Are You Investing In The Right Tax-Saving Instruments?

Don’t compromise on your overall portfolio return while planning for your taxes

Are You Investing In The Right Tax-Saving Instruments?
Right tax-saving instruments
Tanvi Kanchan - 15 March 2021

A taxpayer, before looking at investing in any tax-saving instruments, needs to first be aware and understand the total tax liability applicable. Once aware of the amount payable, we can then go ahead and plan the most effective and efficient way to save taxes.

The government of India, in the recent past, has undertaken a lot of measures to build a robust online web-based application that helps users check the total tax payable by them, making it as transparent as possible. You can log in to https://www.incometaxindiaefiling.gov.in and check the total tax applicable for the financial year. Here the total income, wherever possible and obtainable, gets auto-populated and a tentative tax payable amount is computed therein.

There are countless options available that one can avail of while tax planning, but just because our objective here is to save taxes does not mean that we let go of our return objective or don’t benchmark our portfolio. While looking at tax-saving investment routes, investors should consider their risk appetite and the lock-in nature of the schemes. Investors while tax planning should look at asset classes that match the target return and beat a certain benchmark while not resulting in loss of purchasing power.

An individual can choose the current income tax regime with the existing deductions or avail for the new tax regime without having the option to claim deduction and tax exemption from FY 2020-2021

Different deductions offer investment avenues with the varied rate of return and lock-in periods. Let us look at a few options available for ensuring investors not only save taxes but do so in the most effective manner:-

Deduction under Section 8OC: Combined maximum deduction of Rs.1.5 lakh

Investment options

Interest

Minimum lock-in period

Associated risk**

ELSS

12% to 15%** (depending on market fluctuation)

3 years

High

NPS

8% to 10%

Till the investor reaches 60 years of age (retirement)

High

Senior Citizens Savings Scheme

8.60%

5 years

low

PPF

7.90%

15 years

Low

NSC

7.9%

5 years

Low

ULIP

8% to 10% (depending on market fluctuation)

5 years

Moderate

Fixed Deposit

Up to 8.40%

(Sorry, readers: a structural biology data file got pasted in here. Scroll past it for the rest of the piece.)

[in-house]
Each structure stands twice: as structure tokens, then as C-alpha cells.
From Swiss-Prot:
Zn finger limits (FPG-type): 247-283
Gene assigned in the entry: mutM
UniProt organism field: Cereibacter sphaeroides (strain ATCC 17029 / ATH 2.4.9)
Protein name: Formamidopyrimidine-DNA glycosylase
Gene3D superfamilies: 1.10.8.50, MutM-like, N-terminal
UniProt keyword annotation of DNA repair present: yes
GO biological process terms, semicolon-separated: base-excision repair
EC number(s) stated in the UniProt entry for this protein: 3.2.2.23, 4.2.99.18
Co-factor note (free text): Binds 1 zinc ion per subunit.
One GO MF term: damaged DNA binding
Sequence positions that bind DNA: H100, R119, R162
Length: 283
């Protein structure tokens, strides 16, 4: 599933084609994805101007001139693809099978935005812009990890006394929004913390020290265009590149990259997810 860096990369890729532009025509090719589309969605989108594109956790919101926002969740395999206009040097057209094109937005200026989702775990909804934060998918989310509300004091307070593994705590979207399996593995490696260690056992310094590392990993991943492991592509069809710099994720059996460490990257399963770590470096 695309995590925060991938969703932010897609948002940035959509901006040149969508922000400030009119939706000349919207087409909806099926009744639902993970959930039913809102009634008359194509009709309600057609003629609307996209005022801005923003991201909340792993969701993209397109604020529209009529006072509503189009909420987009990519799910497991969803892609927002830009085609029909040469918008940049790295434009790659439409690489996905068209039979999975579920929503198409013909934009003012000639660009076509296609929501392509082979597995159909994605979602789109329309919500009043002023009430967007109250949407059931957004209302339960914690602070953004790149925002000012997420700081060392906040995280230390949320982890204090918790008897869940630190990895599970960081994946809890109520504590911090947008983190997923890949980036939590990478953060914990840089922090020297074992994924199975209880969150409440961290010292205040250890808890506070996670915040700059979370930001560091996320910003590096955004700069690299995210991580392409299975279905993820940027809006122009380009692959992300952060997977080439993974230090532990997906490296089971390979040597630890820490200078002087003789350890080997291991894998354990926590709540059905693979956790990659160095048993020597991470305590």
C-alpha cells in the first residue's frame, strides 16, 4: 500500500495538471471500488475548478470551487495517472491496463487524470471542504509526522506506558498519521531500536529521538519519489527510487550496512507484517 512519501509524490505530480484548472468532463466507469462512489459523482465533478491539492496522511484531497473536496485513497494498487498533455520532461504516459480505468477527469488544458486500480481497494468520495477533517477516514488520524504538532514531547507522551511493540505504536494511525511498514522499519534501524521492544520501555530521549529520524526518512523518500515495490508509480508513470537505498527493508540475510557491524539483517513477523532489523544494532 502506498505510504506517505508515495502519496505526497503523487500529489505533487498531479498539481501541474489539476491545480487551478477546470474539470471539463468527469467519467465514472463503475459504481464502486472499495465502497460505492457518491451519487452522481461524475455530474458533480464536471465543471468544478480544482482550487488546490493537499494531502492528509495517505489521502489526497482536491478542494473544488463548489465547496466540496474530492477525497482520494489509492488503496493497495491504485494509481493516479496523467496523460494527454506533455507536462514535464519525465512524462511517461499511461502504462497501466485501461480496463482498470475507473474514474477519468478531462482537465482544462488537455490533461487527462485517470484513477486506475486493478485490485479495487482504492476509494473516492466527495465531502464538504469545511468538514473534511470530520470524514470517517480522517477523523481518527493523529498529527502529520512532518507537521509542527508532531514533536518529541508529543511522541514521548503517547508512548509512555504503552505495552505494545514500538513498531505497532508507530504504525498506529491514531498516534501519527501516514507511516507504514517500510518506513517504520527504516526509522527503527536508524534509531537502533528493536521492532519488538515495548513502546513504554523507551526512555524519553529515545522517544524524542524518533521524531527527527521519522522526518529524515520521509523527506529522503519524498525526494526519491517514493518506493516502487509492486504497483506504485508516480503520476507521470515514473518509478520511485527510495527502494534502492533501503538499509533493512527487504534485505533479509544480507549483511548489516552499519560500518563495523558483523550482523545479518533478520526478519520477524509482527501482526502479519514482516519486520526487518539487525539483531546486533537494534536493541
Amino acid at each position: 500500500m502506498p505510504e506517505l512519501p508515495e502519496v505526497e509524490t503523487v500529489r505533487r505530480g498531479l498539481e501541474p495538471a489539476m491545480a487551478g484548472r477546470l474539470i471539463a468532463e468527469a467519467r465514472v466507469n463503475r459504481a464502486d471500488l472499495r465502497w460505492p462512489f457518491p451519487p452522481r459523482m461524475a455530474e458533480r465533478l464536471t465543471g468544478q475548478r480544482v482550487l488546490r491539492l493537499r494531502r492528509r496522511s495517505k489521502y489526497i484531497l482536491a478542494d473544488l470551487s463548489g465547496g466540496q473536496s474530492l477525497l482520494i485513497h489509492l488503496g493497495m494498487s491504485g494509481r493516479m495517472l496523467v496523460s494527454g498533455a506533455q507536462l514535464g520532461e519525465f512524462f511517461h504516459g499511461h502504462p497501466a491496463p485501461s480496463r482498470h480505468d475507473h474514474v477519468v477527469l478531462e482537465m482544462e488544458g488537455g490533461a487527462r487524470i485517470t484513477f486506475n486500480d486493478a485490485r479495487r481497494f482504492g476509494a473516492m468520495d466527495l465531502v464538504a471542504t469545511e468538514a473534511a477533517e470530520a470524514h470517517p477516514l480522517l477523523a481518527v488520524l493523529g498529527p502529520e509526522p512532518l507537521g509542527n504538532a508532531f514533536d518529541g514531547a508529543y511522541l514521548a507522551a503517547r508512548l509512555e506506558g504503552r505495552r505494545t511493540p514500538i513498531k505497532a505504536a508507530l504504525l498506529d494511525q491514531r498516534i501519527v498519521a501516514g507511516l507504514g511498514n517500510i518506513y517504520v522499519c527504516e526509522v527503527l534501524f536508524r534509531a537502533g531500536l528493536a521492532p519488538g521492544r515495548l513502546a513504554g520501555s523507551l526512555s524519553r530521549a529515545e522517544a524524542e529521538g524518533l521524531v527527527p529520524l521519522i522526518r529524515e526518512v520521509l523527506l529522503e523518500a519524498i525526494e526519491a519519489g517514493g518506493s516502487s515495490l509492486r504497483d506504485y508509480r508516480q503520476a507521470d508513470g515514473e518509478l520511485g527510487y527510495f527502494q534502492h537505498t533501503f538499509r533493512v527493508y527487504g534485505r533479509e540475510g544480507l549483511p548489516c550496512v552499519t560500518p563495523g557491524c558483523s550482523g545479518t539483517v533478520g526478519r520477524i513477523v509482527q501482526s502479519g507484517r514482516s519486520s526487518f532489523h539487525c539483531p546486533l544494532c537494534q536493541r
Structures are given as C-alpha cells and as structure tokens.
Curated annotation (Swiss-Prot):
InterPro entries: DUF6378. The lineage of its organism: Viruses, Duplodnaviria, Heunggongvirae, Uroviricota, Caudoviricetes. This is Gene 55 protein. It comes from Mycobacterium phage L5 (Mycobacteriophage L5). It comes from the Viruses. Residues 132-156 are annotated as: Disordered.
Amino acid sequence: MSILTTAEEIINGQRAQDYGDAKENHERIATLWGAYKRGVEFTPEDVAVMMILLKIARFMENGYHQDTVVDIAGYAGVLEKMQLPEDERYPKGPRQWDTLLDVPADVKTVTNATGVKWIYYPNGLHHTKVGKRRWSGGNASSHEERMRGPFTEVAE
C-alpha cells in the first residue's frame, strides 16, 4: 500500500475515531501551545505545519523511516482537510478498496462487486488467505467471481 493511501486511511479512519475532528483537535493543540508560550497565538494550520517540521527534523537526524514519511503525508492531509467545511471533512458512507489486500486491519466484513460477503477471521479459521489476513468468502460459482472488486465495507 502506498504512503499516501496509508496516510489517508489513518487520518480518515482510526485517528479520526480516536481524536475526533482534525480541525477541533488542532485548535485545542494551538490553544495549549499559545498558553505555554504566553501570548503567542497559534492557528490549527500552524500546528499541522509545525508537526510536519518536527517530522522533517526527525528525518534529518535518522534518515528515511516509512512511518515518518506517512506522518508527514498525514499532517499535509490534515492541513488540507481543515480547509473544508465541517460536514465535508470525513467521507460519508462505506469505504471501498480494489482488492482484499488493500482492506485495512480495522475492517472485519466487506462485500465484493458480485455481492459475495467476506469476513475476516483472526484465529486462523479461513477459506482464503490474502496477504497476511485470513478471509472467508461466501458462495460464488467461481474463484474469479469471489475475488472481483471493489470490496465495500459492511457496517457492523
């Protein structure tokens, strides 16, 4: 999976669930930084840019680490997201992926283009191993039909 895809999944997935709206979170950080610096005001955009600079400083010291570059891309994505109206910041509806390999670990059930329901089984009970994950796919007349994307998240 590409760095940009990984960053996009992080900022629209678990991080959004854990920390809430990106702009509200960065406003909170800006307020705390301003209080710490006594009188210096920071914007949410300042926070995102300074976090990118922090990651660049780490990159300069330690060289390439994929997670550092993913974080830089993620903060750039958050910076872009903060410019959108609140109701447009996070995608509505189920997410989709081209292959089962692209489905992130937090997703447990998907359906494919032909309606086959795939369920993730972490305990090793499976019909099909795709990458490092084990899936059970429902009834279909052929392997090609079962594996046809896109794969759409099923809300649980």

5 years

Low

Sukanya Samriddhi Yojana

8.50%

8 years

Low

**Expected returns and risk are based on statistical and other analysis and may differ in the future

Equity Linked Savings Scheme (ELSS): ELSS is one of the best ways to save tax under section 80C, as well as gain substantial returns by investing in Equity markets. This scheme comes with a lock-in period of three years on investment amount. Any capital gains less than Rs.1 lakh are not charged in LTCG tax. ELSS funds are more liquid as compared to other tax-saving instruments.

Public Provident Funds (PPF): PPF is a long-term saving scheme with a lock-in period of 15 years and can be extended in blocks of 5 years. The interest earned is not considered for tax calculations.

Senior Citizen Savings Scheme (SCSS): SCSS is also a tax saving option under section 80C. The lock-in period is for 5 years. The eligibility criteria for investment is –

Individuals aged 60 years and above

Individuals above the age of 55 years availing voluntary retirement

Individuals above 50 years employed in the defense sector

Life Insurance: Every individual should have a life insurance policy not just for tax exemption but for securing their family’s future. The amount offered to the beneficiary as the death benefit is not taxable under section 10(10D).

Tax Saving Fixed Deposits (FD): Fixed Deposits with a lock-in maturity period of 5 years are eligible for tax exemptions under section 80C. Premature withdrawals nullify any tax benefit from such investments. Interest earned is taxable as per tax slab.

Deduction under Section 8OCCD(1) : Max deduction of Rs 50,000

  • National Pension Scheme (NPS)

NPS is an investment policy to provide security to investors on retirement. The total principal amount of Rs 1.5 lakh is exempted under Section 80C. For self-employed individuals, the NPS tax benefit of an additional Rs 50,000 can be claimed under Section 80CCD.